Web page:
Fuel Cells

What's the lastest on the Fuel Cell technology? Will it ever get a chance in the Forklift industry?
  • Posted 3 Feb 2005 22:37
  • Discussion started by dougster
  • Florida, United States
Showing items 1 - 4 of 4 results.
I have a customer that has tried and sent back a fuel cell forklift. It is impractical at this time. The truck required a trailer outside to produce / store the hydrogen, and the truck had to be refuled often since it was using a same size tank as the LPG lifts. Hydrogen doesn't liquify until around 25 degrees Kelvin, so in order to pack as much fuel as a LPG truck into the same space would require obscene cryogenics + pressure (not real practical)
so what happens is that you can only store it in gas form rather than a liquid like propane.
  • Posted 20 Jan 2009 05:35
  • Reply by Arclite
  • Georgia, United States
US Department of Energy (DOE) laying out industrial targets for fuel cell cost, durability and performance.
Stack life time : 5,000hrs, Freeze start in 30sec to get 90% power at -20 degC, Power density : 2kw net/liter and Cost : 30US$/kw by 2010.
Besides fuel cell stack, fuel storage is another issue for vehicle installation and hydrogen distribution infrastructure, which forklift industry has an advantage as stated by Kodiak.
Forklift industry of which scale is roughly one hundredth to automobile industry is sitting on "Big brother", whether we like it or not. I believe no forklift manufacturer alone can hit the DOE targets set for fuel cell stack.
Two days ago, Toyota Forklift announced their prototype, rather a concept lift truck, powered by hybrid of fuel cell and capacitor at this CeMAT. Toyota fuel cell automobiles are now released to fleet users still in a small scale, but surely commercialized. Forklift industry, I think, follows in two years time.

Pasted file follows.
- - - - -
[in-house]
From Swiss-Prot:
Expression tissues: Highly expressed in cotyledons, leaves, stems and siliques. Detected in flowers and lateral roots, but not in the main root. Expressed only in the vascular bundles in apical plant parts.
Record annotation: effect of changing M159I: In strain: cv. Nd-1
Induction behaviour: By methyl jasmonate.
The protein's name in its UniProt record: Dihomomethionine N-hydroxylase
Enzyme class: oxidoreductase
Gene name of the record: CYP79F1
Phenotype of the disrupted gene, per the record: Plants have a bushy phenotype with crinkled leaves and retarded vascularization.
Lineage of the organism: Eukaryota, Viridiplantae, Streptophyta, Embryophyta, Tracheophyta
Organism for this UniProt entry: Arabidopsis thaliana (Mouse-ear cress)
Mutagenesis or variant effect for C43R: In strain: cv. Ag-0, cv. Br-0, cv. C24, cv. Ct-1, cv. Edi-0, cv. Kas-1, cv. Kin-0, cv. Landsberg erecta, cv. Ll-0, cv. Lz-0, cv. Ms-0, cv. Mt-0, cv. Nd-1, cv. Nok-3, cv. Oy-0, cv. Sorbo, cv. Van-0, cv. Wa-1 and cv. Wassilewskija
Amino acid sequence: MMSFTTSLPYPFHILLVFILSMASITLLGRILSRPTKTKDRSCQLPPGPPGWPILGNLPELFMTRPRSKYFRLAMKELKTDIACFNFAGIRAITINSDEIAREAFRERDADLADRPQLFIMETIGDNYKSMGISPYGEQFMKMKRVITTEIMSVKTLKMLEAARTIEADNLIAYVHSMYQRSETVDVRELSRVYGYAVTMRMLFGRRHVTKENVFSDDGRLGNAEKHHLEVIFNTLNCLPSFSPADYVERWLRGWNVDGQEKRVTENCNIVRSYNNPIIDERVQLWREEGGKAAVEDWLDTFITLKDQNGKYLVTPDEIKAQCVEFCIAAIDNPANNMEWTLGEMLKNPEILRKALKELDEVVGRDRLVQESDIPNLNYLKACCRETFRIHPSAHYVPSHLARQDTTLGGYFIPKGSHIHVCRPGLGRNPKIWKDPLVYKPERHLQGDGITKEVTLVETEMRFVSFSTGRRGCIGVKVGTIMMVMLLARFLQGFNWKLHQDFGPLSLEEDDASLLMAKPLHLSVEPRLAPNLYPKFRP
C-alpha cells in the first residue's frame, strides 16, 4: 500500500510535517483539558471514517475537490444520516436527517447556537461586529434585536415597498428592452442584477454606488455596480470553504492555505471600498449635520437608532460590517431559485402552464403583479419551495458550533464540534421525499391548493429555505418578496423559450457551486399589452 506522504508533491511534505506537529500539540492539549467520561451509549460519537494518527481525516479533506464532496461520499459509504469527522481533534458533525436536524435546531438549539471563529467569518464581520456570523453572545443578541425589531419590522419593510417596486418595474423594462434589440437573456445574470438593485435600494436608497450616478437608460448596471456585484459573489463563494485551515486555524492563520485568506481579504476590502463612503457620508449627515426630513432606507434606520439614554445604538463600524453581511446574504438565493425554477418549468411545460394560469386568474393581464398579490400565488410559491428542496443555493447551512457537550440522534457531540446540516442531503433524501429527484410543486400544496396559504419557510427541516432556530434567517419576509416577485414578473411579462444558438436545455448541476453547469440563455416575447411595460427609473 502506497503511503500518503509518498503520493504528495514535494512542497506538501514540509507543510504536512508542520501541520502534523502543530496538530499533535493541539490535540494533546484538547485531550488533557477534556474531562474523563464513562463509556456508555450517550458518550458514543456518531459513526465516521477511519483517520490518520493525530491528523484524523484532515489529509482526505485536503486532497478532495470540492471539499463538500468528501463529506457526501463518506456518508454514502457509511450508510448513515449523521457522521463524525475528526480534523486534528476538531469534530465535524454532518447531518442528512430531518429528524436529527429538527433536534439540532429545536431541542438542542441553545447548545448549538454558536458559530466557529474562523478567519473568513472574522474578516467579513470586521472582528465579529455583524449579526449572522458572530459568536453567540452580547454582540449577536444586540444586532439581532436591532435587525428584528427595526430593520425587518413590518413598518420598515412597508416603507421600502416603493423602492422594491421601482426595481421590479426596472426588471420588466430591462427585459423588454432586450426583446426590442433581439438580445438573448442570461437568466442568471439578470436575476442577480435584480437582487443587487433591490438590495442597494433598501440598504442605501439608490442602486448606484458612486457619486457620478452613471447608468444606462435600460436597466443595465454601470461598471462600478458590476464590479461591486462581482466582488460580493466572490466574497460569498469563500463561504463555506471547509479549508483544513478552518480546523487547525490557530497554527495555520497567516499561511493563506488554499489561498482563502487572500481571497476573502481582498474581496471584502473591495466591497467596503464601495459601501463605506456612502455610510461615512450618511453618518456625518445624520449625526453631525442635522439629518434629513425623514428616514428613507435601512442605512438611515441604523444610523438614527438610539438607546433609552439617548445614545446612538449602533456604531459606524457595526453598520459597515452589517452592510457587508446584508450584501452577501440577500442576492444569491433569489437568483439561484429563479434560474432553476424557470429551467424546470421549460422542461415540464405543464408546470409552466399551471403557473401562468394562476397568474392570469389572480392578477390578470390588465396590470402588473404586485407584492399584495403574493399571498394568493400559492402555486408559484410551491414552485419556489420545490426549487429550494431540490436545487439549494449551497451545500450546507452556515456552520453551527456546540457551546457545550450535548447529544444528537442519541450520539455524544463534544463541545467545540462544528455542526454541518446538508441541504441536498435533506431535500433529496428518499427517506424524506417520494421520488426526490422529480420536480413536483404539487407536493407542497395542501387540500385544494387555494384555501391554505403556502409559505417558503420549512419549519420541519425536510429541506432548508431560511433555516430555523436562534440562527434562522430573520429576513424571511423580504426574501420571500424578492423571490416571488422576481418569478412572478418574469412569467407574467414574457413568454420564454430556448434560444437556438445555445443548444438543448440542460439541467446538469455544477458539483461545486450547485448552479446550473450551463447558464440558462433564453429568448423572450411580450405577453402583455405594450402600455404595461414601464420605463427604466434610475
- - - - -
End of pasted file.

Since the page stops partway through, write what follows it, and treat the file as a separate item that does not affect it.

• Posted 14 Oct 2005 00:14
  • Reply by tate_i
  • Tokyo, Japan
Fuel cells are definately in the early stages. However, I don't think the forklift industry need wait on the automobile industry to pioneer this. Cost is definitly an issue but from an infrastructure standpoint forklifts lead the way.

With a large user you have quite a captive audience. Assume 50-100 units all in 1 facility. Logistically it would be easier to access 50-100 forklifts than 50-100 automobiles. An on-site fueling station would be simple compared to fitting multiple gas stations with equipment to meet a limited demand.

Companies like Cellex and General Hydrogen have tested products in warehousing applications.
  • Posted 16 Sep 2005 05:46
  • Reply by Kodiak
  • Ohio, United States
There have been already a number of prototypes. But, Modern Materials Handling magazine commented "....fuel cell technology is in early development stage" (March '05 page 66).

Commercialization in this industry entirely depends (1) infrastructure and (2) cost, and we need to wait our big brother, automobile industry who is about 100 times bigger than forklift business scale, pioneers these two issues.

2007 surely be a epoch year.
  • Posted 6 Apr 2005 12:09
  • Reply by tate_i
  • Tokyo, Japan

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